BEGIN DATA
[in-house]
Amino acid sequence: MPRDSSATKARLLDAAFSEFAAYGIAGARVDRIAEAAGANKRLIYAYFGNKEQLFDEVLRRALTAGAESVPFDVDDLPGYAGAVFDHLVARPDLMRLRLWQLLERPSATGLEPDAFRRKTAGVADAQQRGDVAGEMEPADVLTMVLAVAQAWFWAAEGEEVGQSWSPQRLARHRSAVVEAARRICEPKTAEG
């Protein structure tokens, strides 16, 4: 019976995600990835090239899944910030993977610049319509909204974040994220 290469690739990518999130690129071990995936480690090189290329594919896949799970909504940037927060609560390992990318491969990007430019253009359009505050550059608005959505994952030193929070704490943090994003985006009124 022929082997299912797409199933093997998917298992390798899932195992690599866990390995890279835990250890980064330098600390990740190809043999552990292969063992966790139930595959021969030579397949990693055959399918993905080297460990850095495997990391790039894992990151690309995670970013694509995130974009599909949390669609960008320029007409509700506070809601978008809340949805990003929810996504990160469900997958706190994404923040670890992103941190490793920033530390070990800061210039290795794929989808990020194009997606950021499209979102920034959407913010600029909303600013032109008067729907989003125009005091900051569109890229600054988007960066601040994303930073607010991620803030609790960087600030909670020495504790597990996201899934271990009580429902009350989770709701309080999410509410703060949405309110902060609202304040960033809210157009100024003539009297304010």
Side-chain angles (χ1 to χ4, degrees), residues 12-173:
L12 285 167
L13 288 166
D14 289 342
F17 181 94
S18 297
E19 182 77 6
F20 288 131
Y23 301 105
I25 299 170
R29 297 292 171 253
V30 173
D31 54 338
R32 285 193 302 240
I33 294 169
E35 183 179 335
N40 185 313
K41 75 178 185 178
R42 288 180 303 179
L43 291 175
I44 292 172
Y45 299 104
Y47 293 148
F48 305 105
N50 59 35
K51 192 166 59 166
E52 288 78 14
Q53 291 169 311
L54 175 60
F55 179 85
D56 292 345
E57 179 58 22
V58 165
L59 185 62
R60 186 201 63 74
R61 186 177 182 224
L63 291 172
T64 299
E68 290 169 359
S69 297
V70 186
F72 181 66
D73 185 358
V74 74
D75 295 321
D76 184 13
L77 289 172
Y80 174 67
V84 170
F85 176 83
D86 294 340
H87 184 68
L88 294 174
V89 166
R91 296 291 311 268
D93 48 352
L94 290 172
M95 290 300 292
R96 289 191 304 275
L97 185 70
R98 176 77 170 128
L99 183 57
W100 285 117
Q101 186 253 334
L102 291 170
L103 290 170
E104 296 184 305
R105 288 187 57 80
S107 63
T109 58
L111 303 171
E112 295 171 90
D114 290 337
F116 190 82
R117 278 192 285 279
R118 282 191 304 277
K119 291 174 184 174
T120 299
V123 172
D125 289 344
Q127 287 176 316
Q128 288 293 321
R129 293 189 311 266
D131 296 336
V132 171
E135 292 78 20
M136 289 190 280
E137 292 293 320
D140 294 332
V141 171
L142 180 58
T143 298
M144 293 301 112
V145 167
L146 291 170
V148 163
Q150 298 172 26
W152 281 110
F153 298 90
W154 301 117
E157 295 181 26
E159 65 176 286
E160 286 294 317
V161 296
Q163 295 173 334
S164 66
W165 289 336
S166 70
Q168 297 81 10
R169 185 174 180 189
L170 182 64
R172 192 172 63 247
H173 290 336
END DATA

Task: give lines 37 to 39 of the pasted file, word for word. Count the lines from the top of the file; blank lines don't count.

L59 185 62
R60 186 201 63 74
R61 186 177 182 224